With terrorist attacks in Paris and a shooting spree in California prompting alarm on the part of many Americans, Attorney General Loretta Lynch said Thursday that her "greatest fear" is that expressions of anti-Muslim sentiment will lead to attacks on Muslims in the U.S.

"The fear that you have just mentioned is in fact my greatest fear as a prosecutor, as someone who is sworn to the protection of all of the American people, which is that the rhetoric will be accompanied by acts of violence," Lynch told a dinner hosted by a Muslim civil rights organization. "My message to not just the Muslim community but to the entire American community is: we cannot give in to the fear that these backlashes are really based on."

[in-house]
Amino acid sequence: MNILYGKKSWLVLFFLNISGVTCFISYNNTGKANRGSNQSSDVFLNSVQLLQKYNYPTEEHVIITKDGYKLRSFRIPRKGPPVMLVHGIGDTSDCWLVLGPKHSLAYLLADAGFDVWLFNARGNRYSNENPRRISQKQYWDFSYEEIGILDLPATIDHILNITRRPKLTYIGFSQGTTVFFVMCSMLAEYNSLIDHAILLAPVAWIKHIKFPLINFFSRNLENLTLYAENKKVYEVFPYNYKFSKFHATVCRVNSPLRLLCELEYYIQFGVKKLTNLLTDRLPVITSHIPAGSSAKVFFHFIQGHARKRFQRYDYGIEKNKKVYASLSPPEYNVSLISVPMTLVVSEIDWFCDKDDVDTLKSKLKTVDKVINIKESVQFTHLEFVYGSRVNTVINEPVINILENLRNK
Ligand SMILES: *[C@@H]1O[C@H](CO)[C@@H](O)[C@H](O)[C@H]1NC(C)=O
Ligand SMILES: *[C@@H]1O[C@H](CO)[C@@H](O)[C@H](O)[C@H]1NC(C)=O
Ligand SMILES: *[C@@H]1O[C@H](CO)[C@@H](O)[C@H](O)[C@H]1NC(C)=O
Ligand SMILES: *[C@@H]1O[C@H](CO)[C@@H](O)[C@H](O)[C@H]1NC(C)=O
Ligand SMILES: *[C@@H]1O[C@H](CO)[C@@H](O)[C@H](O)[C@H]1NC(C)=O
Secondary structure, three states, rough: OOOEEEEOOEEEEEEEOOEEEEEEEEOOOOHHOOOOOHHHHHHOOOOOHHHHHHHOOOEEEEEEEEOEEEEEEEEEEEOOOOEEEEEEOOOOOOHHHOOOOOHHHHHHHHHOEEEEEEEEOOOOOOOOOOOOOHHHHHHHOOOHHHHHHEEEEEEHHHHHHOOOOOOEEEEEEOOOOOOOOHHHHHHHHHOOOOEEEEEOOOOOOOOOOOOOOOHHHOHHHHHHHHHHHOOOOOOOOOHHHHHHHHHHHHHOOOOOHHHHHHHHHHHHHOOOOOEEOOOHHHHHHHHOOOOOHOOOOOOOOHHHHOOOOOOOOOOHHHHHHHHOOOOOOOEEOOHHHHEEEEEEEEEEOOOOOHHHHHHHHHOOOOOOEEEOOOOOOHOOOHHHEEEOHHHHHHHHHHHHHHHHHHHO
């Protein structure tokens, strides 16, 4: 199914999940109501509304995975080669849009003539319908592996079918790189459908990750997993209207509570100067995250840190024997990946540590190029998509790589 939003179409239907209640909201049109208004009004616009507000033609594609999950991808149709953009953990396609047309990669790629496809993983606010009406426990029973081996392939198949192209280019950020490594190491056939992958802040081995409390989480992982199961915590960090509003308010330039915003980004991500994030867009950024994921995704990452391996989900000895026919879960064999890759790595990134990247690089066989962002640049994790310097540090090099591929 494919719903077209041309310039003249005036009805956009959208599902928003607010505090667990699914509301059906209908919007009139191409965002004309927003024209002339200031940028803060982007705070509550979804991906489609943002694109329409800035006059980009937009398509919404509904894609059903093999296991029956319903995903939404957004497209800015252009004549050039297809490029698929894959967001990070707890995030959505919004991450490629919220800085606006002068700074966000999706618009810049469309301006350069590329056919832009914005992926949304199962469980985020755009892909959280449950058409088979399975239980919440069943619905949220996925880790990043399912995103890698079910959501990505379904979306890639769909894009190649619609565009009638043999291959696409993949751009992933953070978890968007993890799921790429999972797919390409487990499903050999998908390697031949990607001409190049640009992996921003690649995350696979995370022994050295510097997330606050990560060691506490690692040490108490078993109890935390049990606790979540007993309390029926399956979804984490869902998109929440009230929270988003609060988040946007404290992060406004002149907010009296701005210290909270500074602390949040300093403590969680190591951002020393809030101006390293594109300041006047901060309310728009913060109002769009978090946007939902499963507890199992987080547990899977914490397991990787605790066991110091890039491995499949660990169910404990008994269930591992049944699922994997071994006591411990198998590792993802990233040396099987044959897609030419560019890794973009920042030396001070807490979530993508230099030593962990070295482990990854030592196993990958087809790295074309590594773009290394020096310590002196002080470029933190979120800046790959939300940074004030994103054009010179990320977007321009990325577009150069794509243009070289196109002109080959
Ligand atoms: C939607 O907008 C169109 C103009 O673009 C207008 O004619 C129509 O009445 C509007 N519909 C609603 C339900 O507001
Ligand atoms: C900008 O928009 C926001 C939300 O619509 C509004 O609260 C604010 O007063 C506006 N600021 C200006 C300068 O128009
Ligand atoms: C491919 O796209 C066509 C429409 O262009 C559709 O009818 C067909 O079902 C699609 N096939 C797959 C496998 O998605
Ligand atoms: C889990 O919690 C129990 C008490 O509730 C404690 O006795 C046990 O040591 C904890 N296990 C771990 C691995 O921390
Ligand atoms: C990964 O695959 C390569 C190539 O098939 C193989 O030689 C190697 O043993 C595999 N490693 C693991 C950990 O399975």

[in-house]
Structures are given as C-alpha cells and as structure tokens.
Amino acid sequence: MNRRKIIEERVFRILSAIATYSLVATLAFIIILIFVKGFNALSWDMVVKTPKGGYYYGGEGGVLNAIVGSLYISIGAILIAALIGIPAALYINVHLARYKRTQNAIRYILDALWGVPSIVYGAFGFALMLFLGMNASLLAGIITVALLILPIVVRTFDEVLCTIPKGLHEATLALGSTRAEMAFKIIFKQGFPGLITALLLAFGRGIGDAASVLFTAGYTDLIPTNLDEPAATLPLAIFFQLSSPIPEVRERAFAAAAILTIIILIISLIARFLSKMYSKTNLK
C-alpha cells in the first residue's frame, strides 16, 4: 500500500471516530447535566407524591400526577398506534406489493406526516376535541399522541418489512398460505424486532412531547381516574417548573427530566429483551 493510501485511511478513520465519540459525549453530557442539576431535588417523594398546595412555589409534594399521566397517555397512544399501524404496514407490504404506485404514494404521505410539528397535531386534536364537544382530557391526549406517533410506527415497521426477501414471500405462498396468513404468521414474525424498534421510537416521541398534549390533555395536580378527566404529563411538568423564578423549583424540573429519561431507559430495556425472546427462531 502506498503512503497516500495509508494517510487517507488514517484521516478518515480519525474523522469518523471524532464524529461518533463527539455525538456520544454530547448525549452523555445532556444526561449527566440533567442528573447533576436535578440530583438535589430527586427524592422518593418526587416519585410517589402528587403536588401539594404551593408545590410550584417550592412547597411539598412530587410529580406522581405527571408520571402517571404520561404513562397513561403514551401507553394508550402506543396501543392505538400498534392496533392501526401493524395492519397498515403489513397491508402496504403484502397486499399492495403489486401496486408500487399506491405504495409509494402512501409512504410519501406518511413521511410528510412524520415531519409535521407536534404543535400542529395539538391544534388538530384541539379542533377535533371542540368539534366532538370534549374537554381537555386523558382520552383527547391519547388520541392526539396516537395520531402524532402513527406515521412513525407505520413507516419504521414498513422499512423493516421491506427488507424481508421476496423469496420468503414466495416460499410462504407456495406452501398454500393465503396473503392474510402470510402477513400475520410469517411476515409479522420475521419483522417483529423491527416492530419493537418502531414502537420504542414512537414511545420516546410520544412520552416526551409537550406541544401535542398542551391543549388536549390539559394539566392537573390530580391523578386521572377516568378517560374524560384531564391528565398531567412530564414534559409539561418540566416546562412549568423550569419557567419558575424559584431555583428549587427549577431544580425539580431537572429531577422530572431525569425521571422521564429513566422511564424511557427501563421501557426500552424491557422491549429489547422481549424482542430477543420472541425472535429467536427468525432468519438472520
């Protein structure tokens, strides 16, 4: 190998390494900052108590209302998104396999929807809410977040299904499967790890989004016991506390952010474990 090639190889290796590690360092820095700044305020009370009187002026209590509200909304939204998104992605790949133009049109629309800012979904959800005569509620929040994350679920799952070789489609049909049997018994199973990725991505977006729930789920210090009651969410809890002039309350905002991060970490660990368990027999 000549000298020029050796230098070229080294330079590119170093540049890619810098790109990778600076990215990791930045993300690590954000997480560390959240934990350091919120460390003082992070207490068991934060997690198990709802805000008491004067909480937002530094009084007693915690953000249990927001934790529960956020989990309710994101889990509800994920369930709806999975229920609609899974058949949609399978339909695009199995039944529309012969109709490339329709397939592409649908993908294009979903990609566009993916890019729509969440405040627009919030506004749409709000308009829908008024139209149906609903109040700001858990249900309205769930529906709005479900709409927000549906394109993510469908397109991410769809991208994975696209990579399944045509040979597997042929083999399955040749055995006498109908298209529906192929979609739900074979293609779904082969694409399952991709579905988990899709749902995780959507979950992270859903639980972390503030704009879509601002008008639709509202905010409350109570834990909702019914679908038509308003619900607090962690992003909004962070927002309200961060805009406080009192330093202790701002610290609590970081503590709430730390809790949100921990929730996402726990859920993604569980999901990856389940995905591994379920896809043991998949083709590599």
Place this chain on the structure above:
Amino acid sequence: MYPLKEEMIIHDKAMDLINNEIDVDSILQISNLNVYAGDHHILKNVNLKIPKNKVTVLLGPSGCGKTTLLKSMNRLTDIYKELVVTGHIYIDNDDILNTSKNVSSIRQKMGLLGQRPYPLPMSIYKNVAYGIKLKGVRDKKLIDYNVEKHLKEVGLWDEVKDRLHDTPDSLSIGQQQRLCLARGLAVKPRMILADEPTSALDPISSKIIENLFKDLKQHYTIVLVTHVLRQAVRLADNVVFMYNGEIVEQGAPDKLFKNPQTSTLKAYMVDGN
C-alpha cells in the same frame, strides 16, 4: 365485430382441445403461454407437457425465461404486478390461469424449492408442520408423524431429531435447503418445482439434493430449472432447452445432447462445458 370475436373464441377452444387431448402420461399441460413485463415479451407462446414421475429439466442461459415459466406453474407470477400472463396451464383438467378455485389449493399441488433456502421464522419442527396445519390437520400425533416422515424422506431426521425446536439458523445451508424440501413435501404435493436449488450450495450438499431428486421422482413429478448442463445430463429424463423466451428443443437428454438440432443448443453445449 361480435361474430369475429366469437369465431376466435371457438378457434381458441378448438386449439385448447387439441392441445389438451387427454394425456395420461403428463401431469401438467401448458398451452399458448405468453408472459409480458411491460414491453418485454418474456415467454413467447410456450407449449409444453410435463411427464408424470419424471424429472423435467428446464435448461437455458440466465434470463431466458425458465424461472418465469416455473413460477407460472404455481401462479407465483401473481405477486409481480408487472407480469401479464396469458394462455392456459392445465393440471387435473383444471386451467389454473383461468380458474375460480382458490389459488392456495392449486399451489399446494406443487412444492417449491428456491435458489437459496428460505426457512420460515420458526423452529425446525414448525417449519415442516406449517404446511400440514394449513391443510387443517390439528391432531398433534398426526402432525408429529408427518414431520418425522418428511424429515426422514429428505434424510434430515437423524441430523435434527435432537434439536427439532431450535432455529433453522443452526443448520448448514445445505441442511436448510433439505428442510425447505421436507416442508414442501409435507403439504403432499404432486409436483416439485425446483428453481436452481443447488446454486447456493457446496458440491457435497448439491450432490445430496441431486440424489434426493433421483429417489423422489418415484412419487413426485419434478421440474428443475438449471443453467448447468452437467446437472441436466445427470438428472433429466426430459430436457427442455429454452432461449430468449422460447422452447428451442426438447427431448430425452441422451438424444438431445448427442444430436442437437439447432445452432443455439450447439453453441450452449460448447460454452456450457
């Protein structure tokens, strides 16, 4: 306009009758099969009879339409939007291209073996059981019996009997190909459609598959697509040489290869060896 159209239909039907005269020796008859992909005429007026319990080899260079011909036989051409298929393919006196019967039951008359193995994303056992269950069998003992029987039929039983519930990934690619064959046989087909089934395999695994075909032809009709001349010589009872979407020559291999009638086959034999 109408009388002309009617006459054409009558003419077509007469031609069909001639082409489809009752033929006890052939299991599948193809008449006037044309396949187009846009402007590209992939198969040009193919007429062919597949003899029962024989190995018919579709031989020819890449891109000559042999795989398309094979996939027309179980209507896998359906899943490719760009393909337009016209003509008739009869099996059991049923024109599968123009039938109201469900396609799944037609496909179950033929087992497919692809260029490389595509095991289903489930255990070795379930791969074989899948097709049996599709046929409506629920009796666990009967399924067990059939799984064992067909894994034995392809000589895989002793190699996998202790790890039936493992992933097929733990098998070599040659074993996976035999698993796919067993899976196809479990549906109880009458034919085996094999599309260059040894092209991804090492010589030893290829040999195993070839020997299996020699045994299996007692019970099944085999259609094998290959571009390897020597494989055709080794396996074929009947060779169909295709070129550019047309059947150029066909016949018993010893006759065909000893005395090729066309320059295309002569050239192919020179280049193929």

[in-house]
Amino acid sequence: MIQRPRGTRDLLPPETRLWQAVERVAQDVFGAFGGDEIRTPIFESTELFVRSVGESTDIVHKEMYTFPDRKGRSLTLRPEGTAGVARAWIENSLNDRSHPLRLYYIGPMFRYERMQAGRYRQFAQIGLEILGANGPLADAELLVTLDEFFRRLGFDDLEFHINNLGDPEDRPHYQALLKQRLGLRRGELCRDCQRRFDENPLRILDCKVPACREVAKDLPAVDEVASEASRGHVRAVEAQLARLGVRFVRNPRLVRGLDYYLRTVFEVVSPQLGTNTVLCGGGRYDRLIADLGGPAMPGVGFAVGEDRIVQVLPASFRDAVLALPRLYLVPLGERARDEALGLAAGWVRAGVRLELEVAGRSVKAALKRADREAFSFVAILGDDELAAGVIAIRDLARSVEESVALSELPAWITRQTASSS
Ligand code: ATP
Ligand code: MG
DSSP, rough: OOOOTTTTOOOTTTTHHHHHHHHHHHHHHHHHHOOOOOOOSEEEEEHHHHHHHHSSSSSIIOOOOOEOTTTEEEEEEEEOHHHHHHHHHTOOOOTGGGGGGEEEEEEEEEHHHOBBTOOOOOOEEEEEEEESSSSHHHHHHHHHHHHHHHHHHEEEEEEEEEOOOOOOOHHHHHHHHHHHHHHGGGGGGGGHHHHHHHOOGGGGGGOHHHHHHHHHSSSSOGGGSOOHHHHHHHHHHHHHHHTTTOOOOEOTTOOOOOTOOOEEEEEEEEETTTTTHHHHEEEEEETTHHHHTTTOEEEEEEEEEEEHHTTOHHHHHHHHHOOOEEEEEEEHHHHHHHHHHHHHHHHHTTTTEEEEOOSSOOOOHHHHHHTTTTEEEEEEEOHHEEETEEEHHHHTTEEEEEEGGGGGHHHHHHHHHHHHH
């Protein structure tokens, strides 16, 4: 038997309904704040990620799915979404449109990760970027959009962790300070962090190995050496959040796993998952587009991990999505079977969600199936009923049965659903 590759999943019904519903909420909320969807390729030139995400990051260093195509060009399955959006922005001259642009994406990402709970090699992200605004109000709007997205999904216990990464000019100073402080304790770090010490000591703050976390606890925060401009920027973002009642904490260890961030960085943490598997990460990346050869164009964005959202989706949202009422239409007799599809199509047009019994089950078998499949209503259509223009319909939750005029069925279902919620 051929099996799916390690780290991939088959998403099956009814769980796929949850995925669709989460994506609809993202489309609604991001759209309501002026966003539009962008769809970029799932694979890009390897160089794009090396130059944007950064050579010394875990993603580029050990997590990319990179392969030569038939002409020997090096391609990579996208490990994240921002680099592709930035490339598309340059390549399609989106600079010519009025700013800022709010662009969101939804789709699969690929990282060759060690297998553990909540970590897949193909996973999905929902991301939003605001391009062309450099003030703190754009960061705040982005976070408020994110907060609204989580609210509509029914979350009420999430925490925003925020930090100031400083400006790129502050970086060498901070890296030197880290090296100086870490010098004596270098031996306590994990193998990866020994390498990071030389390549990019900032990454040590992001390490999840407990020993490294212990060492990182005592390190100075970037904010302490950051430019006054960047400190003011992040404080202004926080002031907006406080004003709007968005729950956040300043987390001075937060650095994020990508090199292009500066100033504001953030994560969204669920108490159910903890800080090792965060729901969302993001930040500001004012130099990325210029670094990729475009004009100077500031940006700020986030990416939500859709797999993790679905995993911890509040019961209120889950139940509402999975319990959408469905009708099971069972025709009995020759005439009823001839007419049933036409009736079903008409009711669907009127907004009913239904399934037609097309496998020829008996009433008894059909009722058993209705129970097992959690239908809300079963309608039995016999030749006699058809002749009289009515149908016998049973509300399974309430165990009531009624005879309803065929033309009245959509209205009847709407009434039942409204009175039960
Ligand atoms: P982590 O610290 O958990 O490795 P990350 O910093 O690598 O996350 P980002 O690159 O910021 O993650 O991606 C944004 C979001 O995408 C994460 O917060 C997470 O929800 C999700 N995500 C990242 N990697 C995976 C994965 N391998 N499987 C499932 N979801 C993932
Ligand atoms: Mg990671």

During her remarks to the Muslim Advocates dinner, Lynch did not address the mass shooting at an office party in San Bernardino, Calif. Wednesday in which 14 people were killed. The FBI is leading the investigation in California because of concerns the incident may involve international terrorism. Officials say American-born Syed Rizwan Farook carried out the shooting along with his Pakistani wife, Tashfeen Malik, both of whom were killed in a confrontation with police later in the day. Farook reportedly took two trips to Saudi Arabia in recent years, including one to pick up Malik, but it remains unclear whether the attack had any direction or inspiration from abroad.

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